Friday, July 13, 2012

My Adoptive Name: is it Prophetic Etymology?

I am apologizing in advance because this blog entry has scarcely anything to do with its title.  I was reading through my last post where I noted that my adoptive surname appears oddly similar to an Old French word that means "to transfer" or "to make a copy."  When reading this, I couldn't help but comment to myself that the etymology of the name seemed prophetic.  I'm adopted and my last name means "to transfer" (actually, the OED says "to be transferred")--I mean, come on.  Furthermore, who better for a last name that means "to copy" to go to than someone who grew up to gripe about the incorrect copy made of her birth certificate?  I asked myself if it could be prophetic.  I decided the answer is "no."  The title of the post gets to stay though, because it is awesome.

My adoptive, maiden name is not truly prophetic for several reasons.  First, there are thousands of people with the same last name--many of them, I assume, are not adopted.  There are also alternative meanings to my last name.  I once had an educator who enjoyed researching name meanings and history as a hobby.  He informed me one day that he researched my surname because he found it peculiar.  He came to the conclusion that it came from French and meant "traveler."  I thanked him kindly for the insight but have yet to find confirmation of his claim, to this day.  

Lastly, I am just not into the "it was meant to be" stuff when it comes to my adoption.  Not that "predestination'" and "prophecy" are synonymous, because they aren't ("Predestination" is apparently synonymous with "the way the cookie crumbles," according to my thesaurus.  Good to know).  My rejection of predestinarianism when it comes to my adoption has little to do with my actual adoption itself and everything to do with my own spiritual views and metaphysical ideas, in general--in case you're wondering.  Prophetic?  No.  Ironic?  Yes.

What this post is actually about is the meaning of the names in my life.  I have always really liked learning about language and the meaning of the words.  It was only ever a hobby of mine as I never had the time or resources to really pursue it as a part of my academic dreams.  By the time I was seventeen, I spoke Spanish fluently (and can no longer) and decided I was also going to teach myself both Quechua and Hindi--at the same time.  I did learn quite a few words and phrases (that I can no longer remember).  However, that aspiration quickly fell by the wayside when I entered college and had my Freshman booty kicked by a 19 credit course-load, which included taking two, four-credit sciences with labs at the same time.

To this day, I am still very interested in names and languages.  It's no wonder when you consider that I have had four different first names and three different surnames throughout my life.  To me, they've all had significant meanings.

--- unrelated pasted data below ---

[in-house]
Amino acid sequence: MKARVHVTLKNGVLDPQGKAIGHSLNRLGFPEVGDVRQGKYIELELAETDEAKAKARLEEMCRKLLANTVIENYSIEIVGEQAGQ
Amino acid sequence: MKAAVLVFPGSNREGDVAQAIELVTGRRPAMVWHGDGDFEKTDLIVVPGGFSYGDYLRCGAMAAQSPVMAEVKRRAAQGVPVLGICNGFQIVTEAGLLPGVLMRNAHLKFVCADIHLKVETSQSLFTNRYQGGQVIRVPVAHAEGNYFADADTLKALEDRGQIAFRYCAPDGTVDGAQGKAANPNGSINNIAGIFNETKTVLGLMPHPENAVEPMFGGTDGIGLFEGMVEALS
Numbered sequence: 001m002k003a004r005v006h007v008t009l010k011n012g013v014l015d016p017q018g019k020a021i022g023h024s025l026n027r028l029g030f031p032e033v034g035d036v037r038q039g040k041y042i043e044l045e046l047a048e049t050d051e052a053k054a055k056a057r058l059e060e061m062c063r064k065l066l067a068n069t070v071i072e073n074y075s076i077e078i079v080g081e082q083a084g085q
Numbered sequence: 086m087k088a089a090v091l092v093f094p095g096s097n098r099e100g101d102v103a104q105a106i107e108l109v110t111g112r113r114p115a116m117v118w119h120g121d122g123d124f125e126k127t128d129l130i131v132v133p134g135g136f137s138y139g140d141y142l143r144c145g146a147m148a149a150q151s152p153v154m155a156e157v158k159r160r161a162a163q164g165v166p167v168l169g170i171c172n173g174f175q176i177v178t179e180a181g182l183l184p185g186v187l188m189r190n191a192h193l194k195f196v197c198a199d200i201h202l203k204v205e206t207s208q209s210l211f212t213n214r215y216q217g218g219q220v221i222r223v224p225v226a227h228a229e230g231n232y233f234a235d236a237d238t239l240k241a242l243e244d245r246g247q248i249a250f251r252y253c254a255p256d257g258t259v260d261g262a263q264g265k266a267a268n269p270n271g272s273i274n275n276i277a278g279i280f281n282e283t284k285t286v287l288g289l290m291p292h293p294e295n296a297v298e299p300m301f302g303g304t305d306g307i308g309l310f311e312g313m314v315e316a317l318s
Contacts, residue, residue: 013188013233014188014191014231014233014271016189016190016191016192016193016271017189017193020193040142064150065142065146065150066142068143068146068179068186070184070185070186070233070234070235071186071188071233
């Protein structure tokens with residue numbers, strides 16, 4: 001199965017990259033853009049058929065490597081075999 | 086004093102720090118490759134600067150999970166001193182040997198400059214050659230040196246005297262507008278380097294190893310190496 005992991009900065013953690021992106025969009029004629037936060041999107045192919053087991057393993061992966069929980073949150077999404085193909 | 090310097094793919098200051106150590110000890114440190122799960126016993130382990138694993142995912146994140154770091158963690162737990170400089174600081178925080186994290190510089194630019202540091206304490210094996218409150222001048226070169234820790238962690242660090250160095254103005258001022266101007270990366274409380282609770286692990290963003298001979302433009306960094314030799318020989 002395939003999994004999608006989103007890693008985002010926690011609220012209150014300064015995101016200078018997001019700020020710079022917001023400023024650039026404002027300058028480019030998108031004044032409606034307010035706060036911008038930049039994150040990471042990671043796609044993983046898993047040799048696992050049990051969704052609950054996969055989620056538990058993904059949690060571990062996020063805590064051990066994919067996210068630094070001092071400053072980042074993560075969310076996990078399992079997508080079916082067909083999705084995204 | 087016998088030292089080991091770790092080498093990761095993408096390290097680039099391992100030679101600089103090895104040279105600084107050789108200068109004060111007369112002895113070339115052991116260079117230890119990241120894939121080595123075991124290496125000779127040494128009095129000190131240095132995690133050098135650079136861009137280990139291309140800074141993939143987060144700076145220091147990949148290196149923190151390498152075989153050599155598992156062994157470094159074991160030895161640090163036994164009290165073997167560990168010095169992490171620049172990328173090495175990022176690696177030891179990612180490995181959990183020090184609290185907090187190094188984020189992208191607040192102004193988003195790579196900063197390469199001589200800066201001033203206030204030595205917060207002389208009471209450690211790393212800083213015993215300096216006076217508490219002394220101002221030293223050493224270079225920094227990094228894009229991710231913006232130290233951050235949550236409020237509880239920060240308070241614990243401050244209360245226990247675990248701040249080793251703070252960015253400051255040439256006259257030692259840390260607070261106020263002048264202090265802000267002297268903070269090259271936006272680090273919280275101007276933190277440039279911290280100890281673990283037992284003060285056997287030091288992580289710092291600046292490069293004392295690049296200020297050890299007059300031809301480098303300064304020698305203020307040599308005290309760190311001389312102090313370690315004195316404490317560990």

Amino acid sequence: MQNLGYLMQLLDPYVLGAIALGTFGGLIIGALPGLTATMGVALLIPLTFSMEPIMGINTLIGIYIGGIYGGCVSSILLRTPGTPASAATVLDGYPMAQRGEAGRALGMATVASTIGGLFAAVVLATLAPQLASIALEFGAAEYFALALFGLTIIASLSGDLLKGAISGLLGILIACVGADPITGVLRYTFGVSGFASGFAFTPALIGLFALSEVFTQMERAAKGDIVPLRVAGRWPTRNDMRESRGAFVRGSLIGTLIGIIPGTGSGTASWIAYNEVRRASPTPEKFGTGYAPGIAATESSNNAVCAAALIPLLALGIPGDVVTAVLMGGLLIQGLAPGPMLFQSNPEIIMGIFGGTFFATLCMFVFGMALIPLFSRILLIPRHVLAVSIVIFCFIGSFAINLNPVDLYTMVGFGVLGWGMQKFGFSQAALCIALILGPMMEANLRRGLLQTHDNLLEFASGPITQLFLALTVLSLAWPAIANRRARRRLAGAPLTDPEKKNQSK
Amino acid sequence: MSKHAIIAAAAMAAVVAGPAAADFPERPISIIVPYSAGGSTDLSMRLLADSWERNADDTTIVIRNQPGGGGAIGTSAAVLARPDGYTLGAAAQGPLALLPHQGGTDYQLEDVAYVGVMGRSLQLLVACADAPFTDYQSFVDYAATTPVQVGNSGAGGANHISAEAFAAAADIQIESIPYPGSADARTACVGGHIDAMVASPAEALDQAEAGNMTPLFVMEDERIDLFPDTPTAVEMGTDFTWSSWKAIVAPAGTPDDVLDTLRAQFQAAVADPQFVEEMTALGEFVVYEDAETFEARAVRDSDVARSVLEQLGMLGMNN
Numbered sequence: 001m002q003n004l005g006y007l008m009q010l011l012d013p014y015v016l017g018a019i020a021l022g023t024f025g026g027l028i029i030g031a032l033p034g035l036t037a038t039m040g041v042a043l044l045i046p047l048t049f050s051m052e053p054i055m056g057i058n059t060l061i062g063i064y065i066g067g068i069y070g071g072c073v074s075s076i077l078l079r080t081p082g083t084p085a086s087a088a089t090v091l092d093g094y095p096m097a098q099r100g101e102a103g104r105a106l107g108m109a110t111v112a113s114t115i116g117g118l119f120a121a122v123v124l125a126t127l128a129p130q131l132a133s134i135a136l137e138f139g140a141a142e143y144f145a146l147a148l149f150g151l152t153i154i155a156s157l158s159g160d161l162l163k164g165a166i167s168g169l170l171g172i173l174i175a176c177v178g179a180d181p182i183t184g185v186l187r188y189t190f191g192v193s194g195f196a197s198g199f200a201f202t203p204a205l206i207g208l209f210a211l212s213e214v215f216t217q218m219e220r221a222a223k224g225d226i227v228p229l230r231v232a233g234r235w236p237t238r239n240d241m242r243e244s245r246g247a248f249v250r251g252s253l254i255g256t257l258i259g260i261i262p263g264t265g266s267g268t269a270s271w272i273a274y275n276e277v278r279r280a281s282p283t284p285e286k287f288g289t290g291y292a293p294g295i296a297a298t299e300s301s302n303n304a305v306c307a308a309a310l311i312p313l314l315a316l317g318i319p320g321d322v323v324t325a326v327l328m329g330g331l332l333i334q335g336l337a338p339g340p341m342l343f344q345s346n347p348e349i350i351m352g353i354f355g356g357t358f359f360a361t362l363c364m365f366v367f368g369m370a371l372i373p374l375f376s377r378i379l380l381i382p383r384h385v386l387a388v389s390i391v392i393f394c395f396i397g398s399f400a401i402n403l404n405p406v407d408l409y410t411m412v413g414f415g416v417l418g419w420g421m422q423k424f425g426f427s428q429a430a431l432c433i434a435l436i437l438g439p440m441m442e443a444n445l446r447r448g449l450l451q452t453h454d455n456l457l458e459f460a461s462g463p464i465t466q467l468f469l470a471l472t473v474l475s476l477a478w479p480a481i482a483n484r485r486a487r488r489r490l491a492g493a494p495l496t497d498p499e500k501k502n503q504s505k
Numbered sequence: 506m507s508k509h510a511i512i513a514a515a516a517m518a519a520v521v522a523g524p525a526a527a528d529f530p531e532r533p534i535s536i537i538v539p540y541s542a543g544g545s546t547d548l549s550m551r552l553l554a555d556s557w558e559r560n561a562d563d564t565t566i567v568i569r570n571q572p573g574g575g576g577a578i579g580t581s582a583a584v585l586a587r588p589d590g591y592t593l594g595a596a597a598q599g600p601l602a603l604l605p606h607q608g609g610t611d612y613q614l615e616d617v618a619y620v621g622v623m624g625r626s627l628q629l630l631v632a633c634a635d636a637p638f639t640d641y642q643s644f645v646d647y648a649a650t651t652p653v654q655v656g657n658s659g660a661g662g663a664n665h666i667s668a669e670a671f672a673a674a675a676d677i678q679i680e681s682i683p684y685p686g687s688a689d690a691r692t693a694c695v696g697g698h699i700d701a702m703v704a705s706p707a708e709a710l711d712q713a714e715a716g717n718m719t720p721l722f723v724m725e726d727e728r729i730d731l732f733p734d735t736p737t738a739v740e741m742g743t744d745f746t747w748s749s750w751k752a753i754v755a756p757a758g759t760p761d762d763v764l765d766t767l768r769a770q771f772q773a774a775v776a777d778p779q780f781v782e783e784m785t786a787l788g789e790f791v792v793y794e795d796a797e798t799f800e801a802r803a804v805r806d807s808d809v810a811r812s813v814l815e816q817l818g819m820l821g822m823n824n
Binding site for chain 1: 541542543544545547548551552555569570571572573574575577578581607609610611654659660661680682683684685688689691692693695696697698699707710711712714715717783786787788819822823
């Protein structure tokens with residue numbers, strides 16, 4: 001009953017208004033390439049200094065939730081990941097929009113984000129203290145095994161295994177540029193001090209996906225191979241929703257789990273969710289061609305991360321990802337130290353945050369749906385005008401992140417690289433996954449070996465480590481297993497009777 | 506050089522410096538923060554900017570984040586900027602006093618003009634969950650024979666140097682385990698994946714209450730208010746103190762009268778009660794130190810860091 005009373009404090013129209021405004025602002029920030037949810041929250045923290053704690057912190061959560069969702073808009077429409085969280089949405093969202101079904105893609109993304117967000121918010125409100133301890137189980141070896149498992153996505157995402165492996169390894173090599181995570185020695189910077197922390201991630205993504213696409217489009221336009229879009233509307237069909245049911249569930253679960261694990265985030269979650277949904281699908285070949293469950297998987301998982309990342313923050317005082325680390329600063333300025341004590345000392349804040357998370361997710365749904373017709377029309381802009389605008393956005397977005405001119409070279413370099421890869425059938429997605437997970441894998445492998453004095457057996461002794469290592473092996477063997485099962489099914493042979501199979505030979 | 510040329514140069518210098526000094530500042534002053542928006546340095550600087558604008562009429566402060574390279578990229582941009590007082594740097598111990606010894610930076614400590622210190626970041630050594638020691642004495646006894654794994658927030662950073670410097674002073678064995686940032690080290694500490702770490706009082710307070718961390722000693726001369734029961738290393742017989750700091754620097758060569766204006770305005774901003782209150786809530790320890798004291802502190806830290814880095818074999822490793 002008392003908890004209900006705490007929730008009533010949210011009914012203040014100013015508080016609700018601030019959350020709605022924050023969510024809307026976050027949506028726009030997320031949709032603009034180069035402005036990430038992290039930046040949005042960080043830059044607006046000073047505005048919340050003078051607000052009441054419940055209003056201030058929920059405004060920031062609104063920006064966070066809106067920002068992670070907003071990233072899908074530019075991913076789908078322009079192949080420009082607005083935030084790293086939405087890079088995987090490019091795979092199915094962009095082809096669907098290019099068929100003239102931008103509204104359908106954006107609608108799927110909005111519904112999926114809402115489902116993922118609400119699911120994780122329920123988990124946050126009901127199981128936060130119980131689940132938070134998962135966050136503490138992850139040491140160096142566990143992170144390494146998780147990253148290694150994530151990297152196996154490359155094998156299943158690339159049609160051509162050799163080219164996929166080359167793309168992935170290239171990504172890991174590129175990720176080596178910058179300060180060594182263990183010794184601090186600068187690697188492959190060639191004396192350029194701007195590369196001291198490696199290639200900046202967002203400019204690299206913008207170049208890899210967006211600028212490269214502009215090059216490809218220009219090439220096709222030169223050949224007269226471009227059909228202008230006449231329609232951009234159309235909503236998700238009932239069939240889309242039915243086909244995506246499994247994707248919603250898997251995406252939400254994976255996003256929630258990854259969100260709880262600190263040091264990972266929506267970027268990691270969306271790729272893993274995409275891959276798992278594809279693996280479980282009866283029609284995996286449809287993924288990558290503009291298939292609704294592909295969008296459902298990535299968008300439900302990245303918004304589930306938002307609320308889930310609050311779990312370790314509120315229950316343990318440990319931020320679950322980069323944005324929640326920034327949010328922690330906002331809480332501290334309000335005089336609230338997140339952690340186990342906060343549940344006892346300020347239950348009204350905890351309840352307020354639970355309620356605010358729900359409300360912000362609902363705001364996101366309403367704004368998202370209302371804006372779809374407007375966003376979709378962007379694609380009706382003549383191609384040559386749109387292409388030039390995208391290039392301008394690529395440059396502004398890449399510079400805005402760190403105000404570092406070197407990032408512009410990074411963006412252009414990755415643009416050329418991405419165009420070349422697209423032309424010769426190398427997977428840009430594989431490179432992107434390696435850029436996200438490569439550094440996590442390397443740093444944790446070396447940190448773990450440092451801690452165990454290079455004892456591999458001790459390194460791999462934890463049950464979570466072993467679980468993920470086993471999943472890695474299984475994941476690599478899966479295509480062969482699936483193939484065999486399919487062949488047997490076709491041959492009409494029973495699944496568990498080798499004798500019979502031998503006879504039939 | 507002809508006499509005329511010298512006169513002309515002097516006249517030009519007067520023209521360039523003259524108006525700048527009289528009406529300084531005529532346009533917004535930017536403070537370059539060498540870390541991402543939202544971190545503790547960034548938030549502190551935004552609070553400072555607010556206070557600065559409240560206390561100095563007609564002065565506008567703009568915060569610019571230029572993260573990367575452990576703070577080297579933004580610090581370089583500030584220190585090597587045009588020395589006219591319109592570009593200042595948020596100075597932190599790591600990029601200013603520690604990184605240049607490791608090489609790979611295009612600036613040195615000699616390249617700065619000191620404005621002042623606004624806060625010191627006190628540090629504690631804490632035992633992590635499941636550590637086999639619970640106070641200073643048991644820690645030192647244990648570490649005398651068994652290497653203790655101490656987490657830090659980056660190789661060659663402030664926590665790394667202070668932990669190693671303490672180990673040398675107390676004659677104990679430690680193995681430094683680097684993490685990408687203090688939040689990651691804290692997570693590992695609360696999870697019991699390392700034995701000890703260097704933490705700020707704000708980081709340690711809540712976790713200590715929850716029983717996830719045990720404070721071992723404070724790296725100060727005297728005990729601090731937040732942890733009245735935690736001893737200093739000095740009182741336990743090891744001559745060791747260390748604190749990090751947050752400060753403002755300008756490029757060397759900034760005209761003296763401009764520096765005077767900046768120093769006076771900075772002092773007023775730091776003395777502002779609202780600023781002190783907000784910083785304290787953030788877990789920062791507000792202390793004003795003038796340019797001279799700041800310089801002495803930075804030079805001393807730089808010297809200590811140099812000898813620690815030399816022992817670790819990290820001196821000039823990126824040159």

My married surname comes from a town in England.  My in-laws have warned me never to visit that town for fear that our ancestors may have owed someone else's ancestors money.

My original maternal surname is Scottish.  There is an entire book written about this surname.  I own it but have thus far been too lazy busy to read it.

My original paternal surname is Irish.  I don't know much about it.

My original name is "Christen Davida."  "Christen" means "Christian."  "Davida" is Hebrew and means "Beloved."  I was named after my uncle, Chris, who always looked out for my mother.  My middle name was given in honor of my uncle, David, who was killed in a car accident shortly before my birth.

My foster name means "Princess."  Which makes me chuckle.  My husband randomly decided to call me "Princess" as a sort of pet name once.  And only once.  I wasn't a huge fan and it's not because there's anything inherently wrong with the name "Princess."  I am not a fan of pet names in general.

My adoptive name is "Amanda JoAnn."  "Amanda" comes from Latin and means "worthy to be loved.  "Joann" comes from Hebrew and means "gift from God" or "God is gracious."  I was named after the woman at my parents' church who prayed for them to be able to adopt.

My husband and our oldest son have the same name.  It shares its meaning with my middle name, "gift from God."

My father-in-law's name, my husband's middle name, and my youngest son's name means "protector."  My father-in-law is a semi-retired police detective and security director for a college.  My husband is a firefighter and paramedic for a major city fire department.  They come from about seven generations of men with the same name.

Learning the meaning of names was part of my Bible curriculum in school growing up.  We always researched the meanings of the names of Biblical characters and how those meanings applied to their stories.  My favorite by far was "Methuselah," which means, "when he dies it shall come."  Tradition holds that only a few years after Methuselah's death, the Great Flood came.  None of my names predicted anything epic like a major flood but I still think they're pretty awesome.

Have you ever stopped to think about what your name(s) mean?